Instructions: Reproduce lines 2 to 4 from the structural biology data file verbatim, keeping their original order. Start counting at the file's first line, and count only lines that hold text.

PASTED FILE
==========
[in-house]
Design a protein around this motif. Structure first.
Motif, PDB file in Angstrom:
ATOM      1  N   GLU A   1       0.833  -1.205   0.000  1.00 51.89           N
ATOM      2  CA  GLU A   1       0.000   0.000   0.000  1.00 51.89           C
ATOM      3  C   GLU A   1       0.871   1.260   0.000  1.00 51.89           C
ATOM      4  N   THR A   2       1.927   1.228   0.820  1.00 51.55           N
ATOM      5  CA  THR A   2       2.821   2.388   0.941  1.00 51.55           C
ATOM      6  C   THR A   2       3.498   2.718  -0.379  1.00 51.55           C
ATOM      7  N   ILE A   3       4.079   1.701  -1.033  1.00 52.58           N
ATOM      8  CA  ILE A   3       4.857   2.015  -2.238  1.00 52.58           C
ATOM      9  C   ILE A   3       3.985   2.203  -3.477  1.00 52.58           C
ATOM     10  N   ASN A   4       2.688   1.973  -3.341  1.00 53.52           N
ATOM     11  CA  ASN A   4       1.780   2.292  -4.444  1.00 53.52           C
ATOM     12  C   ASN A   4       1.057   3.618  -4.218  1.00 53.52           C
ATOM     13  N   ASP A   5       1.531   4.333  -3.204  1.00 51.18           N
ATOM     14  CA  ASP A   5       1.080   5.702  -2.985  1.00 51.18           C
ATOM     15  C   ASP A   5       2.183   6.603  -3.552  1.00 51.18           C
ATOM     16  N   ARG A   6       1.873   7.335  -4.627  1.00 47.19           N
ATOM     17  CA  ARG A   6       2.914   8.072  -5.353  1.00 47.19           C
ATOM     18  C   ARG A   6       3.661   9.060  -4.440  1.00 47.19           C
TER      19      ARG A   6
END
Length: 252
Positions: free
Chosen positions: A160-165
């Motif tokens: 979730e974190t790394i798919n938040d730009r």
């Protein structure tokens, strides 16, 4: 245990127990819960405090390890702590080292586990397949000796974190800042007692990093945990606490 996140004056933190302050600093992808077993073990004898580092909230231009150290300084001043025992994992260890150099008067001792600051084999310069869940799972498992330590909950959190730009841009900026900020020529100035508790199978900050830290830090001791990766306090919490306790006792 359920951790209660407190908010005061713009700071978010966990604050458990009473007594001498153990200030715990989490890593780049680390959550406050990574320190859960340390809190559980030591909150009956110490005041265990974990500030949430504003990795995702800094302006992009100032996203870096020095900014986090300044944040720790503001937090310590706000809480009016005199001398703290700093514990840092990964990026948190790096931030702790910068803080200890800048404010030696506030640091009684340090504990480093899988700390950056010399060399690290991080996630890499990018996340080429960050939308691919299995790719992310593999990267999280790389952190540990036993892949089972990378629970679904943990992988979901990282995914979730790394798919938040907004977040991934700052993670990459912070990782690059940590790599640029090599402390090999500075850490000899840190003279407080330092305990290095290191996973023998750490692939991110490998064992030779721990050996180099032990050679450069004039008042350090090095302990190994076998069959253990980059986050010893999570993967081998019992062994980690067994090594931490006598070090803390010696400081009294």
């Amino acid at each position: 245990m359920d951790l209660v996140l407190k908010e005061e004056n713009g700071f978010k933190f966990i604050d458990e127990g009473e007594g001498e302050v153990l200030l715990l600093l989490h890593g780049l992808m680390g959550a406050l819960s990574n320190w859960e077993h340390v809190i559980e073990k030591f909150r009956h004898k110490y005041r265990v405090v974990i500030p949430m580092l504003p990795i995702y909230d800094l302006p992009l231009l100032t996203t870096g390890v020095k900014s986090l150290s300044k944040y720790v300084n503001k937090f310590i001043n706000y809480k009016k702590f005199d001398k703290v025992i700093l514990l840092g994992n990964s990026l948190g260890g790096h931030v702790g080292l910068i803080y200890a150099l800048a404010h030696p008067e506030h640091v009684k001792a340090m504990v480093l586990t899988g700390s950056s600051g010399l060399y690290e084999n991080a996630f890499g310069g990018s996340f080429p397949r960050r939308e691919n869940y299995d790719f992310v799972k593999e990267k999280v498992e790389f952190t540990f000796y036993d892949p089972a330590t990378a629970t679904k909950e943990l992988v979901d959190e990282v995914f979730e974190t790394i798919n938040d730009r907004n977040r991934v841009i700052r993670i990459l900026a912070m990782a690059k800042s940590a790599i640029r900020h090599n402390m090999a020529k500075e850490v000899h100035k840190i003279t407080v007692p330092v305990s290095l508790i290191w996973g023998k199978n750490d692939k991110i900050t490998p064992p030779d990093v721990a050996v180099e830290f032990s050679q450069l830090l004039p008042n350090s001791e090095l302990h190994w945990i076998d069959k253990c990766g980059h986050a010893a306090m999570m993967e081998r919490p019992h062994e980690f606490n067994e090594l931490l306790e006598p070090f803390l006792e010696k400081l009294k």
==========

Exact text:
Design a protein around this motif. Structure first.
Motif, PDB file in Angstrom:
ATOM      1  N   GLU A   1       0.833  -1.205   0.000  1.00 51.89           N